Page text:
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Differential drug effects on spontaneous and evoked pain behavior in a model of trigeminal neuropathic pain

Authors Deseure K, Hans GH

Received 12 October 2016

Accepted for publication 16 November 2016

Published 27 January 2017 Volume 2017:10 Pages 279—286


Checked for plagiarism Yes

Review by Single anonymous peer review

Peer reviewer comments 3

Editor who approved publication: Dr Michael Schatman

K Deseure,1 GH Hans2

1Department of Medicine, Laboratory for Pain Research, University of Antwerp, Wilrijk, 2Multidisciplinary Pain Center, Antwerp University Hospital, Edegem, Belgium

Baclofen and morphine have shown efficacy against mechanical allodynia after infraorbital nerve chronic constriction injury (IoN-CCI). No drug effects have yet been reported on spontaneous trigeminal neuropathic pain. It has been proposed that the directed face grooming behavior that also develops following IoN-CCI offers a measure of spontaneous trigeminal neuropathic pain.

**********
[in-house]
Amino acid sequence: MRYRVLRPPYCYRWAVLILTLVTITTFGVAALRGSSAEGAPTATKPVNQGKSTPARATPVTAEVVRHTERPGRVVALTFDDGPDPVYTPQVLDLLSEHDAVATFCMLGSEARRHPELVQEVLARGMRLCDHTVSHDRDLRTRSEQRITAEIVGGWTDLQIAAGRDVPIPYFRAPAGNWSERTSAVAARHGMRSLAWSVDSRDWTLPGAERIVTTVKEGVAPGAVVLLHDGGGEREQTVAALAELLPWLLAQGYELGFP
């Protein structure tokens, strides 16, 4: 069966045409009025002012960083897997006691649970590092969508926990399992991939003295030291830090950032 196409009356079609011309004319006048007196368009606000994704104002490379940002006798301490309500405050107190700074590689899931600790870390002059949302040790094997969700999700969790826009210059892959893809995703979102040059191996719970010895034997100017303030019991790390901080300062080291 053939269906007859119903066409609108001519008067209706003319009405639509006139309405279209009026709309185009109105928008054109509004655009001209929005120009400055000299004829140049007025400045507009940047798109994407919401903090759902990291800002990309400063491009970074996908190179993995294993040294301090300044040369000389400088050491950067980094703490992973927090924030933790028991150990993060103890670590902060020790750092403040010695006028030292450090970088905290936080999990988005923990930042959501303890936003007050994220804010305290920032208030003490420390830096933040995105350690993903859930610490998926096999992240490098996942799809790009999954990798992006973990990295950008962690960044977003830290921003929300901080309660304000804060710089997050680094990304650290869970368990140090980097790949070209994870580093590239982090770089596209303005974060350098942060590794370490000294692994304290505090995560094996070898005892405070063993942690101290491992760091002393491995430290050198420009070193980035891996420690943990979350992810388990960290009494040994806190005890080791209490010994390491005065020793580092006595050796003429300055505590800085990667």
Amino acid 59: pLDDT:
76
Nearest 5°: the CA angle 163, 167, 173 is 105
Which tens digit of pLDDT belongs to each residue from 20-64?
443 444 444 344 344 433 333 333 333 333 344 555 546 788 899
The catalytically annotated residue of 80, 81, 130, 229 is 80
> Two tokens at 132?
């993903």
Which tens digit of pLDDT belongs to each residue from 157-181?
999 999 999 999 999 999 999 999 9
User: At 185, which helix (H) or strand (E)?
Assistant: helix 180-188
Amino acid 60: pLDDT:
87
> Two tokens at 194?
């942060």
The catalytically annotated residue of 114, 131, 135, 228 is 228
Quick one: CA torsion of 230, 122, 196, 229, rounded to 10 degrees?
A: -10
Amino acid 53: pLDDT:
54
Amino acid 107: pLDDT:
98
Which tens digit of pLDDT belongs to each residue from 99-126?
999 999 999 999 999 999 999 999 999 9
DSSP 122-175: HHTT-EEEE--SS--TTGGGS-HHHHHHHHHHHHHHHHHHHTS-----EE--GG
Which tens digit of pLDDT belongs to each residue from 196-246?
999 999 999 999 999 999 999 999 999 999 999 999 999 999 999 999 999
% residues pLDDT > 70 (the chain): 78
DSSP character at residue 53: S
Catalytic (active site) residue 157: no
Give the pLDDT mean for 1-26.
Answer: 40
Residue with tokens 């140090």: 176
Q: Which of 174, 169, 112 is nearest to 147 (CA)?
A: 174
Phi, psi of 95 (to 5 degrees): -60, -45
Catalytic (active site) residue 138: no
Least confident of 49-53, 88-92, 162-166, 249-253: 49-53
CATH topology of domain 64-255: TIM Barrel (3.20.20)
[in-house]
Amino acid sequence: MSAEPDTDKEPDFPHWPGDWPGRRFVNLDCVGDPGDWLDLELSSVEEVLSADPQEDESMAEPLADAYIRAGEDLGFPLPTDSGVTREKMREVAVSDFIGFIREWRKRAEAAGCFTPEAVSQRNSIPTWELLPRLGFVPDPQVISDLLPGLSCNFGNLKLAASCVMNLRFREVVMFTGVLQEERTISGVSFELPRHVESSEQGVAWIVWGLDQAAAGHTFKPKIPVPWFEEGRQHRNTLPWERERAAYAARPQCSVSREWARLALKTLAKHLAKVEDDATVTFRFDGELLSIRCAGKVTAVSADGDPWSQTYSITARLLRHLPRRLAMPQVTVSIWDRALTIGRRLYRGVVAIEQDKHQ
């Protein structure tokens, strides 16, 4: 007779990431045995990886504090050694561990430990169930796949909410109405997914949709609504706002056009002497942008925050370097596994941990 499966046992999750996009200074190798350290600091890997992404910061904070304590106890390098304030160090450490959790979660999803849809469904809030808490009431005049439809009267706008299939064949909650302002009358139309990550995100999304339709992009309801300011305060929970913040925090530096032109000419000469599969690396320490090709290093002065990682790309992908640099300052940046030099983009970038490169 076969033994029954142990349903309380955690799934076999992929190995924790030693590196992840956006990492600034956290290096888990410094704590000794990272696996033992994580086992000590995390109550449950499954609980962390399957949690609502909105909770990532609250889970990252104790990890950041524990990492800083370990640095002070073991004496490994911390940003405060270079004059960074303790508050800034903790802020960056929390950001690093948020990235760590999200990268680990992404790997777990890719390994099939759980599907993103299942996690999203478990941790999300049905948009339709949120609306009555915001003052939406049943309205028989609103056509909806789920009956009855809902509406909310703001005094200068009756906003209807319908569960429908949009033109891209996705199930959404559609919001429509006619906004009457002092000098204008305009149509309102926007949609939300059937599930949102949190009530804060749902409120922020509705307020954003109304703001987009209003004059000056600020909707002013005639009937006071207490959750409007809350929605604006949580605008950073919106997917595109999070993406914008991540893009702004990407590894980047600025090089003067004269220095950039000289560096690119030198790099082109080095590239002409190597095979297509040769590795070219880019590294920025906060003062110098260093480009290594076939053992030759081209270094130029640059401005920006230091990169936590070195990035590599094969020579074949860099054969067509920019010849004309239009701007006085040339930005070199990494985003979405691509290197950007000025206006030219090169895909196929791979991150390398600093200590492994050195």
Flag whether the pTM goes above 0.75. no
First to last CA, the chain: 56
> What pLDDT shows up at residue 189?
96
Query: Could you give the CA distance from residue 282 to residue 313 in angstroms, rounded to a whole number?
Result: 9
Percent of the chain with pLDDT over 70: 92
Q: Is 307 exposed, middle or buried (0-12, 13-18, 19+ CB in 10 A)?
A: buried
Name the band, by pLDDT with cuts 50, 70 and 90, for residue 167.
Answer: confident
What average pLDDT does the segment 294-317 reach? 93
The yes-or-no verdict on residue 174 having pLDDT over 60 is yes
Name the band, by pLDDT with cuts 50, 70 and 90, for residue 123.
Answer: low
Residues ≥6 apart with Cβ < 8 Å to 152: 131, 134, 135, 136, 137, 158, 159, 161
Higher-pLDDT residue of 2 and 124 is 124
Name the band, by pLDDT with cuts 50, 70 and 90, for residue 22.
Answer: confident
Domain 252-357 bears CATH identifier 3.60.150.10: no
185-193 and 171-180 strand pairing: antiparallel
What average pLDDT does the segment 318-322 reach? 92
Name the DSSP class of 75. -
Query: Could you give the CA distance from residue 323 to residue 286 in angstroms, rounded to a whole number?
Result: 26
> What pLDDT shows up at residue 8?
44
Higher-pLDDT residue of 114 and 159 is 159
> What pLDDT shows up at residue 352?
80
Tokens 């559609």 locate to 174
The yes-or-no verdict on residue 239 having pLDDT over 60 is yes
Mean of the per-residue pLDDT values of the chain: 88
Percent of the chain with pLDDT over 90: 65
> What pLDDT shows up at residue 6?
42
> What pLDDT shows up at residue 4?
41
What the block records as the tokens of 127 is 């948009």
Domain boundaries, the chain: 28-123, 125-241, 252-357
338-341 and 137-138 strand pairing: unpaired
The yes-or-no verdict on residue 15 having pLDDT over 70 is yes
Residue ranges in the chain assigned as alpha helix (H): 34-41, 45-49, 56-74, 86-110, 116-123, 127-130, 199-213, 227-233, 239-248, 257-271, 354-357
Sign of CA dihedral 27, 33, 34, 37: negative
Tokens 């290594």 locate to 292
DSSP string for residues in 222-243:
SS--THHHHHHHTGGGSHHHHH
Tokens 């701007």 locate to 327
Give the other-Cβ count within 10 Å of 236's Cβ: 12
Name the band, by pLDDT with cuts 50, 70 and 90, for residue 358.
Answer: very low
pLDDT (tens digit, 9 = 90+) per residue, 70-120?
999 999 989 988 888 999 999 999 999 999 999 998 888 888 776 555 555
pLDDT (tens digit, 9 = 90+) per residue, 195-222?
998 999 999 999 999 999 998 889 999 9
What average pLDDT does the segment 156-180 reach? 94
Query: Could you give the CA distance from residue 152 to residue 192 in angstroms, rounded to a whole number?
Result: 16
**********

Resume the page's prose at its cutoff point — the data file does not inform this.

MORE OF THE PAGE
Subjects and methods:
We examined the effects of a continuous 1-week infusion of 30 mg/day carbamazepine (the first-line drug treatment for trigeminal neuralgia), 1.06 mg/day baclofen, 4.18 mg/day clomipramine, and 5 mg/day morphine on spontaneous and mechanically evoked pain behavior (ie, directed face grooming and von Frey testing) in IoN-CCI rats.
Results: Isolated face grooming was significantly reduced in rats receiving carbamazepine and baclofen but not in clomipramine- or morphine-treated rats. All drugs showed significant antiallodynic effects; carbamazepine showed the strongest effects, whereas clomipramine had only minor efficacy.
Conclusion: The tested drugs have differential effects in the IoN-CCI model, and different neuropathological mechanisms may underlie the different somatosensory symptoms in this model. A mechanism-based approach may be needed to treat (trigeminal) neuropathic pain. The present data support IoN-CCI as a model of trigeminal neuralgia in which isolated face grooming is used as a measure of spontaneous neuropathic pain.

Keywords: trigeminal, infraorbital, neuropathic, allodynia, chronic, grooming

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